Scott Pruitt, the former Oklahoma attorney general who sued the US Environmental Protection Agency to block rules against toxic air pollution, is now the head of the agency.
Pruitt was confirmed in a Senate vote today, 52-46. His ties to climate-change deniers and the fossil-fuel industry (and the 13 lawsuits he has filed alongside oil and gas companies against the EPA) made him a particularly controversial appointee to lead the agency.
“Scott Pruitt represents what we environmental lawyers call an ‘imminent and substantial endangerment’ to our health and environment,” Ellen Spitalnik, a former EPA attorney who served Republican and Democratic administrations from 1980 to 2002, said in a statement. She along with nearly 800 former EPA employees signed a letter opposing Pruitt for administrator. “He threatens the very integrity of EPA and must not be allowed to continue shutting down environmental enforcement, disregarding science, and putting private interests above public good.”
In one scandal, Pruitt received a letter drafted by a major oil and gas company, put his letterhead on it, and sent it to the EPA as an official complaint from the Oklahoma attorney general’s office. In a report on the letter, the New York Times called it evidence of an “unprecedented, secretive alliance” between Pruitt and the oil and gas industry.
Among his lawsuits against the EPA were efforts to undermine the agency’s Mercury and Air Toxics Standards, which went into effect in 2012. They limit the amount of mercury, cyanide, acid gas, and other toxic chemicals that power plants can legally emit. Pruitt also sued to block the Cross-State Air Pollution Rule, which curbs power plant emissions of sulfur dioxide and nitrogen oxides but has yet to take effect—it is scheduled to be effective in May of this year. To finalize rules like these, the EPA always has to quantify the benefits: In studies of both rules, each were found to prevent the premature deaths of tens of thousands of Americans per year.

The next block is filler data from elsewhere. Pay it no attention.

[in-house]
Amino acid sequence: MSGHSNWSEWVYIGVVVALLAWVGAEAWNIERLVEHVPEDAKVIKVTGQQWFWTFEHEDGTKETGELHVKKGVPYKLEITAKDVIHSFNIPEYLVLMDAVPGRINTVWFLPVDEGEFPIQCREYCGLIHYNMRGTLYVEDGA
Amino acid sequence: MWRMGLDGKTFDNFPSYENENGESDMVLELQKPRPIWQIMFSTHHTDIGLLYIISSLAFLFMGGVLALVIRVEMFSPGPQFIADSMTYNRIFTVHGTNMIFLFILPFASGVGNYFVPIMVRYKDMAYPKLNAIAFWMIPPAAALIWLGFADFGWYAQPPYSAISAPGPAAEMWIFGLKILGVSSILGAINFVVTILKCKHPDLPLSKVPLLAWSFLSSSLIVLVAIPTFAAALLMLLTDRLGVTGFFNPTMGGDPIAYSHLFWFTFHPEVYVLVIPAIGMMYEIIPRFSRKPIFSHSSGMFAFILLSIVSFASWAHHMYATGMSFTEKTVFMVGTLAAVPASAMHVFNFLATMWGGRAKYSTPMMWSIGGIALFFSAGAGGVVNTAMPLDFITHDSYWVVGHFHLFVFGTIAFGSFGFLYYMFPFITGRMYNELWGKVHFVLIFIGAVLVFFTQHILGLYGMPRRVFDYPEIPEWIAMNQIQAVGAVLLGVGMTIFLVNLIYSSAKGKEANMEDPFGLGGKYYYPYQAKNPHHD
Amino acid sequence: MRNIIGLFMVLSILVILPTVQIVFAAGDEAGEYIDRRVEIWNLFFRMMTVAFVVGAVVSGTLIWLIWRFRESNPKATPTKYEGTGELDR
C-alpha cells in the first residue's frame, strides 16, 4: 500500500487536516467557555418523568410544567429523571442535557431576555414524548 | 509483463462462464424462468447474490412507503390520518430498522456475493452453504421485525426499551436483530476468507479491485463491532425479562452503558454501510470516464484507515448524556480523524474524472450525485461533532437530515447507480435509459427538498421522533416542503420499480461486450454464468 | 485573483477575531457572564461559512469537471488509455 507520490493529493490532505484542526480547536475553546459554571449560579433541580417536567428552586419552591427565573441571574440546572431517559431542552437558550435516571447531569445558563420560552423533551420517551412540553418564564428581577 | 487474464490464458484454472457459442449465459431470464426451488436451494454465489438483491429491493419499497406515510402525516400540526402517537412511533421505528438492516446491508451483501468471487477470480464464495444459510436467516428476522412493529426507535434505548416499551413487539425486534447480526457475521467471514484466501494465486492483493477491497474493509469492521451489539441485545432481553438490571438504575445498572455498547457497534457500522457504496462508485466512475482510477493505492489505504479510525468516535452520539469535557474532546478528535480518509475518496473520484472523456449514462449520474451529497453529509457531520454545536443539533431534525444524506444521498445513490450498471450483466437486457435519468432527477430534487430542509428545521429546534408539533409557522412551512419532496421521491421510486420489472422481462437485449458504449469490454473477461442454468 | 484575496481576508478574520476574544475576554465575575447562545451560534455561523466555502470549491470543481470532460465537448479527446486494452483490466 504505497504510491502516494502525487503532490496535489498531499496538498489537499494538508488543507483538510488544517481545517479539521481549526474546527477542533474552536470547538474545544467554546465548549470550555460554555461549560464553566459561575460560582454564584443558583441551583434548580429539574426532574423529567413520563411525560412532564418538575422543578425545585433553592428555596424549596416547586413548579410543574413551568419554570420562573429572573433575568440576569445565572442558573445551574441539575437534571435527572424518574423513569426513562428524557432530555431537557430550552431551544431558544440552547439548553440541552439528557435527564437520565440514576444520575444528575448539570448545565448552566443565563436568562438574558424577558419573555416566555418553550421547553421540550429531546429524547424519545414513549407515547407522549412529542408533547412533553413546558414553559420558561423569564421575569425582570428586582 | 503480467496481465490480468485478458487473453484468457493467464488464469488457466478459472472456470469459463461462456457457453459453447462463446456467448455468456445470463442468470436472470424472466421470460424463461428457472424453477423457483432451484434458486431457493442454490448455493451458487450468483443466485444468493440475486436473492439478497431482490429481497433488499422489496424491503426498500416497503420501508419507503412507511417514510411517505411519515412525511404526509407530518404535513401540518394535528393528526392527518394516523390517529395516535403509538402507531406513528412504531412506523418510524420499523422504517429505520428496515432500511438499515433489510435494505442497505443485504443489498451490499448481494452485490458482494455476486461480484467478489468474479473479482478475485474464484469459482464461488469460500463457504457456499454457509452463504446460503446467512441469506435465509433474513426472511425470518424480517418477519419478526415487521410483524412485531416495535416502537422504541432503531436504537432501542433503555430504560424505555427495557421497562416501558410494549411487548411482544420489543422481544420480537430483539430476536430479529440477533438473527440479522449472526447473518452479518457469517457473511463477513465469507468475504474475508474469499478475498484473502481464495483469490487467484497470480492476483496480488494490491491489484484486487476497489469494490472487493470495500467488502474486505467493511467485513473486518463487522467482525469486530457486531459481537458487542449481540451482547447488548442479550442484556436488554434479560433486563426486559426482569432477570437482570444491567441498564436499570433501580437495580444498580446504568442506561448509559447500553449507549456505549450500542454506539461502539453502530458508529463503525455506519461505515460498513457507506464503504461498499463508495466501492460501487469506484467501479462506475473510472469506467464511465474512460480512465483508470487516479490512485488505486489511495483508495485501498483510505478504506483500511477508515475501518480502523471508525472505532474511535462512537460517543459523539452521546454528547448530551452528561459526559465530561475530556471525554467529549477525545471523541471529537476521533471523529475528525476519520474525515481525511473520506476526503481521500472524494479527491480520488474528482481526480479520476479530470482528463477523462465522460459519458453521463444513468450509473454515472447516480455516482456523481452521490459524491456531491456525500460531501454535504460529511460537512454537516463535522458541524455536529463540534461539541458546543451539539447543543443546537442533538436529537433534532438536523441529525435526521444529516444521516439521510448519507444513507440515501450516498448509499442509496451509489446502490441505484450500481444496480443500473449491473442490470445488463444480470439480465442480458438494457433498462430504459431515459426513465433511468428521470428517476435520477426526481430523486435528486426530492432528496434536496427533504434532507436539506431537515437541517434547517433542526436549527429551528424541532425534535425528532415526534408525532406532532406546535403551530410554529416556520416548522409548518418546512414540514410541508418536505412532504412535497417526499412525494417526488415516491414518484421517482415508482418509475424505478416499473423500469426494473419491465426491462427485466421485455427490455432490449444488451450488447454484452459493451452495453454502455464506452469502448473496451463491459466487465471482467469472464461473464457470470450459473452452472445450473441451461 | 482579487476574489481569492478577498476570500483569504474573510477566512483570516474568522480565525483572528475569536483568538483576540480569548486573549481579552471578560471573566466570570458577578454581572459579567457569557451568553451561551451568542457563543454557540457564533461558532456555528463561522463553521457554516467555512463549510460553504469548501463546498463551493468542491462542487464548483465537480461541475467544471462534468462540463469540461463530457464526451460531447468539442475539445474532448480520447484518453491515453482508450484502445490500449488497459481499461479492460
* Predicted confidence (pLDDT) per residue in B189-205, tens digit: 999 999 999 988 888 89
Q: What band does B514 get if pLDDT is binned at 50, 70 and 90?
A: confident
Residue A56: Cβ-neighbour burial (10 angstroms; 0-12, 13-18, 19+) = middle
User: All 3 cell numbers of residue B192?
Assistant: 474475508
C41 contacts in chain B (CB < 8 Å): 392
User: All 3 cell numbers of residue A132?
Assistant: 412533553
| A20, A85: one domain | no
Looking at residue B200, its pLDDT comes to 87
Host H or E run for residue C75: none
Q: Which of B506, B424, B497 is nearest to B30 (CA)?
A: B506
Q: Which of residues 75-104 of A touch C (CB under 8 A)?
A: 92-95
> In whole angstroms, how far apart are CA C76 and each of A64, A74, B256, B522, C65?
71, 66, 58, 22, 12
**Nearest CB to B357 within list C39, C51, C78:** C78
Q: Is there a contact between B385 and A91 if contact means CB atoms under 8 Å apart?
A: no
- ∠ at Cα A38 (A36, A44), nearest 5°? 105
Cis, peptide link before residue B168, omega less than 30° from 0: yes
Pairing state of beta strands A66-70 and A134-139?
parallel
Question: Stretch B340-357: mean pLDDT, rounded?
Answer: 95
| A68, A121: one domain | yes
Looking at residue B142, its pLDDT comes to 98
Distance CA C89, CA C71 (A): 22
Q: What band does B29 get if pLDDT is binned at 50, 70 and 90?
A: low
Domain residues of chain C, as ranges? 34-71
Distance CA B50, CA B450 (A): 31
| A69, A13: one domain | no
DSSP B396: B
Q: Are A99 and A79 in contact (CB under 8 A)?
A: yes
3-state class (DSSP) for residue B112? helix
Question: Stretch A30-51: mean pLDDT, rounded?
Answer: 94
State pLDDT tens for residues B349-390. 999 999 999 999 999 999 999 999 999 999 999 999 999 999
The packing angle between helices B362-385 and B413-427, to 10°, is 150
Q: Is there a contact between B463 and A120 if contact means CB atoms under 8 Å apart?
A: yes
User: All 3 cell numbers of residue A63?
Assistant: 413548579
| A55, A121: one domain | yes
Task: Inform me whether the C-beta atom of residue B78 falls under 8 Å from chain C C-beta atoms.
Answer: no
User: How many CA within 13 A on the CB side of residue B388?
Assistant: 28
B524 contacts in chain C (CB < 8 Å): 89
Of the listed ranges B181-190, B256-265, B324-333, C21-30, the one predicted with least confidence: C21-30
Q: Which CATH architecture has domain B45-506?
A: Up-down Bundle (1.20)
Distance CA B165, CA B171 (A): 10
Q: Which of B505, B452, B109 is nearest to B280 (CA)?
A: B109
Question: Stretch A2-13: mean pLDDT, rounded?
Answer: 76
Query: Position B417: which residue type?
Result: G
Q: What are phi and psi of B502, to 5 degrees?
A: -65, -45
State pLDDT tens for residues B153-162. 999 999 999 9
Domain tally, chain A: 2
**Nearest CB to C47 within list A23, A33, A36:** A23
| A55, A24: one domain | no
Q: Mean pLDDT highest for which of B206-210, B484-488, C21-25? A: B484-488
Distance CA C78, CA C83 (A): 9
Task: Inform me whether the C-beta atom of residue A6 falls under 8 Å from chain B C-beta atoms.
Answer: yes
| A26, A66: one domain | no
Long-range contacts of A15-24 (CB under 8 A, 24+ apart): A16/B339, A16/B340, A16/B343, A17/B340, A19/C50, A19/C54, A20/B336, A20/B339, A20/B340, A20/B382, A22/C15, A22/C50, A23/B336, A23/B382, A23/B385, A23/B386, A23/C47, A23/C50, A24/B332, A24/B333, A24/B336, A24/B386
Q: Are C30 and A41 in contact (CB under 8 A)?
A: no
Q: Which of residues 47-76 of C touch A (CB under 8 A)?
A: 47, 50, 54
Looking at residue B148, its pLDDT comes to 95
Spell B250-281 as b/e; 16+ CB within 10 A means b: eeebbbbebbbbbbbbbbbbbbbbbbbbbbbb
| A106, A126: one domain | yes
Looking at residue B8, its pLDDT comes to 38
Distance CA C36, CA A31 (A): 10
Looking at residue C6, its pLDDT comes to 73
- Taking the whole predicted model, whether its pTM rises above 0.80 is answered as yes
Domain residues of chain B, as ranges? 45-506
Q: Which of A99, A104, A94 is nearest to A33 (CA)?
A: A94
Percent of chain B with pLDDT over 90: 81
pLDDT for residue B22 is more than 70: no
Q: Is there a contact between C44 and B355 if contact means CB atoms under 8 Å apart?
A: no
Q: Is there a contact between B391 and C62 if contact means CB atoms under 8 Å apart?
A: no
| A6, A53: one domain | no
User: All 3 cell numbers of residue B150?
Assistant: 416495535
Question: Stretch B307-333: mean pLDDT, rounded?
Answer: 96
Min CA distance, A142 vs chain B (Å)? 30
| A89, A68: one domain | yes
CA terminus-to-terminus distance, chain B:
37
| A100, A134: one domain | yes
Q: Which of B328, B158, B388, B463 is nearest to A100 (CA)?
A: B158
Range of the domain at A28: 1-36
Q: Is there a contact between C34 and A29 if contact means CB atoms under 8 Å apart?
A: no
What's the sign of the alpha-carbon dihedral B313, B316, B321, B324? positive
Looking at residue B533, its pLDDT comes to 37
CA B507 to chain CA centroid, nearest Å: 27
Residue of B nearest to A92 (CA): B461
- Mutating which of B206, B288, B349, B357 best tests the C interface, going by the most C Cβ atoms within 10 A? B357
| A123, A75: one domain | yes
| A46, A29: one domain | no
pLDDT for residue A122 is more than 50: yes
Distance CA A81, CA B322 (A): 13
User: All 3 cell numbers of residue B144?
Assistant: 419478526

During Pruitt’s Senate confirmation hearing, John Barrasso, a Republican senator from Wyoming, remarked that Pruitt enjoys the support of the Cornwall Alliance, an Evangelical organization that considers the scientific consensus on climate change a product of “sin,” and environmentalism to be a “native evil.” Cataclysmic climate change can’t exist, the group says, because God’s intelligent design is flawless, and would not allow it to happen. The organization reportedly has financial ties to the US oil billionaire Koch brothers.
All this, combined with president Donald Trump’s promises to gut the EPA and early steps taken to prevent EPA employees from talking to the public, has current EPA employees bracing for the worst.
With Pruitt now in place as administrator, a budget for the EPA’s next fiscal year will likely be published soon, which will help determine whether the agency will still have the staff and funds necessary to enforce environmental and public health regulations.